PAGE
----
What's the Difference Between Gin and Vodka?
The questions surrounding our two favorite clear liquors abound. And while I can't answer that last one (sorry, but it's probably a "no"), we can certainly tackle the question that should be so obvious that most people are afraid to ask...or Google sans incognito mode.
No, gin and vodka are not the same thing.
Yes, they are both clear, grain-based liquors with a long history of European distilling -- and, to complicate the matter, the two liquors are commonly interchangeable in many popular cocktails. In the (relative) world of spirits, they probably could be considered more alike than they are different -- but both have distinct tastes, chemical differences, and disparate origin stories.
This is why gin and vodka, are decidedly different. (And also, gin isn't made of Christmas trees. I know. I was disappointed, too.)
What is vodka, anyway?
Surprisingly, the quintessential Russian spirit has been America's most consumed liquor on average every year since the 1970s -- we drink about 157 million gallons of the stuff every year (or, enough to fuel at least four sorority parties at the Gamma Beta house). But the first time "vodka" was ever recorded in writing, dates back to Eastern Europe in the early 1400s. The word "vodka" itself is a modified form of the Slavic term voda, which means water. And that isn't because Putin and Co. sip it down like H2O: the spirit is primarily made of ethanol and water. It's that simple.
But, that's also where it gets a little confusing: Vodka can be made out of almost anything. Technically, vodka can be made by distilling any starch or sugar-rich grain. Traditionally speaking, it's usually made of corn, rye, or wheat. But potatoes and beets are also fair game.
In fact, vodka is officially defined more along the lines of what it isn't, than what it is. Our own government classifies it as "any neutral spirits distilled or treated after distillation with charcoal or other materials so as to be without distinctive character, aroma, taste or color." Any flavored vodka is the result flavoring added after the distilling process.
Today, some of the most popular brands of commercially available vodka include Grey Goose, Absolut, Smirnoff, Ketel One, and Ciroc -- with many American imports coming from the so-called "Vodka Belt," a region of Eastern Europe including Norway, Sweden, Finland, Russia, Poland, and Ukraine. That's the birthplace of vodka, and where most of it is still produced.
And some iconic cocktails that traditionally use vodka include the Moscow Mule, the Bloody Mary, the White Russian, and the vodka martini.
Wait, so is "Everclear" vodka?
Despite being a tangent, this is actually a great question: though it may seem -- by the regulations I just laid out -- that Everclear (pure grain alcohol) would be considered vodka... it isn't. This super-strong alcohol has not gone through the filtration and refining process that would technically turn it into a vodka.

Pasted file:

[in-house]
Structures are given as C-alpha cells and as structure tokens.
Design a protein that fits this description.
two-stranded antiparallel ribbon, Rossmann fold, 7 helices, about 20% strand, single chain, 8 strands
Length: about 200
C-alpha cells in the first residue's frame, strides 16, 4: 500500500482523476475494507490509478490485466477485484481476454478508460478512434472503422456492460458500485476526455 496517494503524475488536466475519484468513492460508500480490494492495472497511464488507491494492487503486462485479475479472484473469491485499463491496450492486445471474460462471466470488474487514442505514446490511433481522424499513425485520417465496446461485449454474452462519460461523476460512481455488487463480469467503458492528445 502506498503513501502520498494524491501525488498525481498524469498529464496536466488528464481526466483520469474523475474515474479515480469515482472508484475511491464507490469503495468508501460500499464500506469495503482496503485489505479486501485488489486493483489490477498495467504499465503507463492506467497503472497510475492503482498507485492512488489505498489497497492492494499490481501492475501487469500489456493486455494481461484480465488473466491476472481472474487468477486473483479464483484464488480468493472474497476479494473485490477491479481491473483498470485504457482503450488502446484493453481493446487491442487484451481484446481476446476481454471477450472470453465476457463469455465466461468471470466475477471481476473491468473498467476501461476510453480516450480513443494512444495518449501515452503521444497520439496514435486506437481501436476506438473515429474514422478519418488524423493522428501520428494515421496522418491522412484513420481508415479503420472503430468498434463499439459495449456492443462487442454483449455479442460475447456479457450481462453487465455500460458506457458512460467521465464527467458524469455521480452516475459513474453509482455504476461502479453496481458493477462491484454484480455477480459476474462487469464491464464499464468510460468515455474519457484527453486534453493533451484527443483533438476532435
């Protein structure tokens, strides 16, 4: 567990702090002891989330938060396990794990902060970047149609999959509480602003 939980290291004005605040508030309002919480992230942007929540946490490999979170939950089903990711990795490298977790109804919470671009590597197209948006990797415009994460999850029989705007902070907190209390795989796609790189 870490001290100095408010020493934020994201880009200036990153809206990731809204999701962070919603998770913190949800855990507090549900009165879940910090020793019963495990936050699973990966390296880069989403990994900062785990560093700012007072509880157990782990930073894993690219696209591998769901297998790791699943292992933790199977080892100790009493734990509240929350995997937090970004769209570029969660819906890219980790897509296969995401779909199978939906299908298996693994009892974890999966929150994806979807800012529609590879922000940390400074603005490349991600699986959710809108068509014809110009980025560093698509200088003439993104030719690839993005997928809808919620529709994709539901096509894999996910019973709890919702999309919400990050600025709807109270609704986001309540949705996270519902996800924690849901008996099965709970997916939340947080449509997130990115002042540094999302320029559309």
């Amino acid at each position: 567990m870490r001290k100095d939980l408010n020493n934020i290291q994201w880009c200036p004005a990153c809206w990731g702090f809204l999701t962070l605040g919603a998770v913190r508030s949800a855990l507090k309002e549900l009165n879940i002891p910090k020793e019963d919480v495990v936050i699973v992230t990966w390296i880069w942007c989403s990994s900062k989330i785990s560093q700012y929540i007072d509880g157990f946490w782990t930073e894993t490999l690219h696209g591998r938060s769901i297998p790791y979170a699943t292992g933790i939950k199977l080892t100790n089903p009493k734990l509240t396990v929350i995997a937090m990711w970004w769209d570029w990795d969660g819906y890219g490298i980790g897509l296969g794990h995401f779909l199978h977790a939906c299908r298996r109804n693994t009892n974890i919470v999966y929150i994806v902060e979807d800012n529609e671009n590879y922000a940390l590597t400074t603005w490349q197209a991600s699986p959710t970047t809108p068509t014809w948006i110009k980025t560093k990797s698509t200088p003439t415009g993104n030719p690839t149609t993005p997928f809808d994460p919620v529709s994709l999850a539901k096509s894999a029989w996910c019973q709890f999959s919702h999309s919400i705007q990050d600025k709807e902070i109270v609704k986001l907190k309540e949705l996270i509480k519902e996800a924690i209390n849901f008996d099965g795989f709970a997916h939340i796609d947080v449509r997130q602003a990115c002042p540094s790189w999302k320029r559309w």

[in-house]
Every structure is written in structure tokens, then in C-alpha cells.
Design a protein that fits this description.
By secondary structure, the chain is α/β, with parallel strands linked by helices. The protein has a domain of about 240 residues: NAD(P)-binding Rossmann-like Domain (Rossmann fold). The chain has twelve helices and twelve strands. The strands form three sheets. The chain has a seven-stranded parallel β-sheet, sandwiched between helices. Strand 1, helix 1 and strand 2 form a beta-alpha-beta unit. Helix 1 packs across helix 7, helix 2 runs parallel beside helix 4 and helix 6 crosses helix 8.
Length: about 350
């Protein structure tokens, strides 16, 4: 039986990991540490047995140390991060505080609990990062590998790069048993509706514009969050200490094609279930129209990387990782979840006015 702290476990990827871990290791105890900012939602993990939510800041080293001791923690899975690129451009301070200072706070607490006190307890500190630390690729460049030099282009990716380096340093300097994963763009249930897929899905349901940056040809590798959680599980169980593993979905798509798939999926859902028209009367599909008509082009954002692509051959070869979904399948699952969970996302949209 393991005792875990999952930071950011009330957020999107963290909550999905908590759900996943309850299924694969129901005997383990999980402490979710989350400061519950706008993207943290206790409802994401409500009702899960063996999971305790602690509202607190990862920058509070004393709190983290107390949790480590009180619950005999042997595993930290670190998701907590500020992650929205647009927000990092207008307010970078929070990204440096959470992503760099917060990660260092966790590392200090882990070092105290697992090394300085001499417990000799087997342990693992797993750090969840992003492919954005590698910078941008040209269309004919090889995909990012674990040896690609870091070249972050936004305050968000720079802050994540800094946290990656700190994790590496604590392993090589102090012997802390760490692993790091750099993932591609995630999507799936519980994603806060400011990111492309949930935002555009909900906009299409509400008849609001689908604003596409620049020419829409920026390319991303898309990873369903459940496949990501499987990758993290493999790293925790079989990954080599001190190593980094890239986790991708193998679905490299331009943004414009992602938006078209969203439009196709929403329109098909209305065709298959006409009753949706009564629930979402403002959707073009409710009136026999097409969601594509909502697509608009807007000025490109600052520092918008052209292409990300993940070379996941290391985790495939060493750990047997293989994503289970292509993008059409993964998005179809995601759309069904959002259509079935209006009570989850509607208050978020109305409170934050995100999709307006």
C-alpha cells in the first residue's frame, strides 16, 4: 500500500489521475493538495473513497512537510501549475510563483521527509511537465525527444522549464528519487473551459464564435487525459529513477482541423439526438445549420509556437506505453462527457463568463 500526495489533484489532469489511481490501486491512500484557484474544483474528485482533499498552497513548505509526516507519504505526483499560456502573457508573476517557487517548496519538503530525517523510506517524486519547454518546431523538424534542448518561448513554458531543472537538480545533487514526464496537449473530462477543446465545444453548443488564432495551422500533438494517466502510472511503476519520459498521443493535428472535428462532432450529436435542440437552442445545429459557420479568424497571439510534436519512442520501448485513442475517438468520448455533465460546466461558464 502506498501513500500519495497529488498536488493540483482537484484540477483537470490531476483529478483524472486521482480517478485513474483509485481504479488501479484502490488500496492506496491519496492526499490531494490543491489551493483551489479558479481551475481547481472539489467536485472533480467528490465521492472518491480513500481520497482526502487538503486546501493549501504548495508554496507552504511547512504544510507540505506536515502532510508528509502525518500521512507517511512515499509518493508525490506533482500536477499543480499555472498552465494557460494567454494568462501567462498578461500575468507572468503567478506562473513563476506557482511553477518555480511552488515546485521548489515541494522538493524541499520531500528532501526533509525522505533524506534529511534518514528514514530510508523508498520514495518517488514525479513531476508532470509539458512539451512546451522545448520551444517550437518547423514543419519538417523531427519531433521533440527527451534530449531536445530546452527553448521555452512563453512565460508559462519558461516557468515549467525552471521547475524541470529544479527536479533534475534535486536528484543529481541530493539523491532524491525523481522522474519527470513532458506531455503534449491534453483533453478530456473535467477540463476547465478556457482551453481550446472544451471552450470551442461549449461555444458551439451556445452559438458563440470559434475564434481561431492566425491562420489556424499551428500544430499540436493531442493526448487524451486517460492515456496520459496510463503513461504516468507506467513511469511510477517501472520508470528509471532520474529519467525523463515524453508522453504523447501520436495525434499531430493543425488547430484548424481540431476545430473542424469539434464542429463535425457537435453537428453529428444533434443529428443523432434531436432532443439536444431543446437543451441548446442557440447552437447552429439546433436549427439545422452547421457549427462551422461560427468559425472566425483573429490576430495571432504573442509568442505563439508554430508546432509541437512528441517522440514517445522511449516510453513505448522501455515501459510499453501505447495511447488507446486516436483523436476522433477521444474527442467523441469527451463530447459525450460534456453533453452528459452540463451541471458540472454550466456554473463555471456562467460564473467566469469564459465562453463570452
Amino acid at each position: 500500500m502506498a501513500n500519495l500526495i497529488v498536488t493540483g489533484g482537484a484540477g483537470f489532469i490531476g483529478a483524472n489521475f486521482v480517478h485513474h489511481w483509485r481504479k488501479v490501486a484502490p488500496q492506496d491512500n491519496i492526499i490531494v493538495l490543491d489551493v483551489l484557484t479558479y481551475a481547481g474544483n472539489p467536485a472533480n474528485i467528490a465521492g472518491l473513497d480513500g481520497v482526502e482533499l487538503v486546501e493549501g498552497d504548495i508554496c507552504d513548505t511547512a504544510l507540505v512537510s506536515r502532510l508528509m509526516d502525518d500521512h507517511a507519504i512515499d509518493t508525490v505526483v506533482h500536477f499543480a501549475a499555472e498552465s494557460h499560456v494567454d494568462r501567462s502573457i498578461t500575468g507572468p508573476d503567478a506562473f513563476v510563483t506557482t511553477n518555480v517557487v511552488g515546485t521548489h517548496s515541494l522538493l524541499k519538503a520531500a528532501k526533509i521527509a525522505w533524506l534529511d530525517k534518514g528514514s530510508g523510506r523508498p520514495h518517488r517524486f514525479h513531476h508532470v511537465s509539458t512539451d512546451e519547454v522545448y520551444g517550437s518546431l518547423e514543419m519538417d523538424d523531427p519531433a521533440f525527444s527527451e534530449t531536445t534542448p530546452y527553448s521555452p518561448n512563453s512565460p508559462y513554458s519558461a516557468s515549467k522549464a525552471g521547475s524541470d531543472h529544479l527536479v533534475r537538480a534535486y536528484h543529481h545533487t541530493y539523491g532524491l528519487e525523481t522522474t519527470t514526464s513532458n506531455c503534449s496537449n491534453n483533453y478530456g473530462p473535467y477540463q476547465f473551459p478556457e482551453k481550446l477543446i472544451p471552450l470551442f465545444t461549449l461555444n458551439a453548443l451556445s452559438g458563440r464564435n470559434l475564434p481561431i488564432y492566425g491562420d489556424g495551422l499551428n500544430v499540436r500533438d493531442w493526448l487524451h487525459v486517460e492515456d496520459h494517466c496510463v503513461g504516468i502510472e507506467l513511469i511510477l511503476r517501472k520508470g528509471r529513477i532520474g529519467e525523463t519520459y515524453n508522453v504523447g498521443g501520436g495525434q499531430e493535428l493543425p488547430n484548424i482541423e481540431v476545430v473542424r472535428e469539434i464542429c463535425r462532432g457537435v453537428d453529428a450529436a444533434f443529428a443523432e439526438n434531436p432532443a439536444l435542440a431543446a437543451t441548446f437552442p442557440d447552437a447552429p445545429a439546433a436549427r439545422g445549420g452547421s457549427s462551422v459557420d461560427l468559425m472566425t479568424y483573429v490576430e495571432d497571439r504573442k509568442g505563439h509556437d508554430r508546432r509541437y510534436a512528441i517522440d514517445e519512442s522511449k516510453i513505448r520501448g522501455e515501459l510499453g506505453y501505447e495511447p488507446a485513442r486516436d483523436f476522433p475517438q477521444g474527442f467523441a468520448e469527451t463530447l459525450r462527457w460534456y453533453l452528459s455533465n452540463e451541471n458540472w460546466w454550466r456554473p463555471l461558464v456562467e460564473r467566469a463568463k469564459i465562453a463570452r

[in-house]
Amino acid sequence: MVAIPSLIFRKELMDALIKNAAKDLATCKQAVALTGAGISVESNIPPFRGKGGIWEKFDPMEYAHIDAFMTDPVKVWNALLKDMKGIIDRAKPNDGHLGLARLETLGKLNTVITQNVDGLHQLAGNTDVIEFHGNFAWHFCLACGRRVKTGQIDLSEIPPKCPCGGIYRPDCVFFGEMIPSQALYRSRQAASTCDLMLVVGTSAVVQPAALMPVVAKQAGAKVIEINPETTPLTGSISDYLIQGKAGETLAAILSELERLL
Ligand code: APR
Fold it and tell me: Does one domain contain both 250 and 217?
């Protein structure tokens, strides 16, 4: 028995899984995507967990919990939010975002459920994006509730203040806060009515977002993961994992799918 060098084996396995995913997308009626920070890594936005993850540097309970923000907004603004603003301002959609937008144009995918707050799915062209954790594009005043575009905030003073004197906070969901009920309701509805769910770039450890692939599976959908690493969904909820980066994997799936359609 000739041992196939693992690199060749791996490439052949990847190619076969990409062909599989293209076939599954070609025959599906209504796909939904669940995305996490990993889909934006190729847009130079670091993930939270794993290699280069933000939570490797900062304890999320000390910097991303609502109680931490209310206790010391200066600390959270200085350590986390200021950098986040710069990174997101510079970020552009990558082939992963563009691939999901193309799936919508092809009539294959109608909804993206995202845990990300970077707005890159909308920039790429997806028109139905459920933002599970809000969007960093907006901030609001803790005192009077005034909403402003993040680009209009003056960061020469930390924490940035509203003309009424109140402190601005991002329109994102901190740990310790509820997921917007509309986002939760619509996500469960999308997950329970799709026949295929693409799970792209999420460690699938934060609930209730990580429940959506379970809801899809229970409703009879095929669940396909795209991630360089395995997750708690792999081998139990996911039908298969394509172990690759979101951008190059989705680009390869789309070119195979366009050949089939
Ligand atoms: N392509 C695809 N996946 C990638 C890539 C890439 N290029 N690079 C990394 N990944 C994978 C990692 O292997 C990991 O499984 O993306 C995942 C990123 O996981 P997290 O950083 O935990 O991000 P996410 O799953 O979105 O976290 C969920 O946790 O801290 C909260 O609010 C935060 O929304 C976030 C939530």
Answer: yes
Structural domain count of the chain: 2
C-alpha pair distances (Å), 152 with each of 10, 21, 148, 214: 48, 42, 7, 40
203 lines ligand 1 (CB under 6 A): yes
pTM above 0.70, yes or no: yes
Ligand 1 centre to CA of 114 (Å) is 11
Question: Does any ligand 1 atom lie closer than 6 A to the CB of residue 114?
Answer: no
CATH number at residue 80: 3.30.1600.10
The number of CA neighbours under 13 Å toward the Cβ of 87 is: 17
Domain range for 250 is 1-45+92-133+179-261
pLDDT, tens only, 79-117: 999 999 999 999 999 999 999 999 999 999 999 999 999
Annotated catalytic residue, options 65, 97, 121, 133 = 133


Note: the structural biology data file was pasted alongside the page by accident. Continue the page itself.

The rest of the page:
Think of it as almost vodka (but it still gets the job done, clearly).
Well, then what is gin?
The key word when talking about gin is juniper. The US government classifies gin officially as "spirits with a main characteristic flavor derived from juniper berries produced by distillation or mixing of spirits with juniper berries and other aromatics or extracts derived from these materials." Juniper makes all the difference, and it's what makes gin, gin.
The murky history of gin likely dates back to the Netherlands, around the mid-17th century, where it evolved from a malted, juniper-based medicinal spirit called "Genever," which is still heavily consumed in the Netherlands today -- and is fairly similar to gin as we know it.
But gin, as we do know it, really came into form in England in the early 1700s, when the British government officially loosened rules on producing and creating the spirit -- leading to what is historically known as "the Gin Craze." Which, coincidentally, is also what I nicknamed my 21st birthday.
So, in its basest sense, gin is a British spirit, with Dutch origins, heavily reliant on juniper flavoring, commonly made with more herbal aromas and flavoring, too. That's it.
Are there different types of gin?
You bet your juniper berries! There are five basic style of gin: London Dry (which is not sweet at all), Old Tom Gin (sweeter), Plymouth Gin (which entails any gin made specifically in Plymouth, England), Navy Strength basically gin at 57% alcohol or higher... which is super-strong), and American gin (made in America, with more herbal notes than traditional gin).
Also, gin can be produced in three separate ways:
- Distilled: where the mash and the juniper is all distilled together
- Redistilled: where the juniper is added when a neutral spirit is redistilled
- Compounded: where a neutral base spirit is simply mixed with juniper.
Popular gin brands include London Dry, Beefeater, Tanqueray, and Bombay Sapphire. And some of the more well-known cocktails to include gin are the gin and tonic (duh), the Negroni, and the martini (which was originally made with gin, not vodka -- so saying "gin martini" is wrong and redundant).
OK. So just to be clear: What's the difference between gin and vodka?
Think of it this way: you remember how our own government pretty much classified any neutral spirit without distinctive character, aroma, taste or color a vodka? Well, gin has aroma and character, in the form of juniper. Thus, juniper makes the flavor, and flavor makes the gin. Superficially, you can easily tell the difference between gin and vodka, by the piney taste which vodka obviously lacks. So, though subtle, there is an inherent difference between the two that should be evident on taste or even a quick sniff.
Gin is not just another flavor of vodka, and vodka isn't simply a flavorless gin. And anyone who claims otherwise is -- frankly -- full of shit.
Now if you'll excuse me, I'm going to have a martini.
One of each, in fact.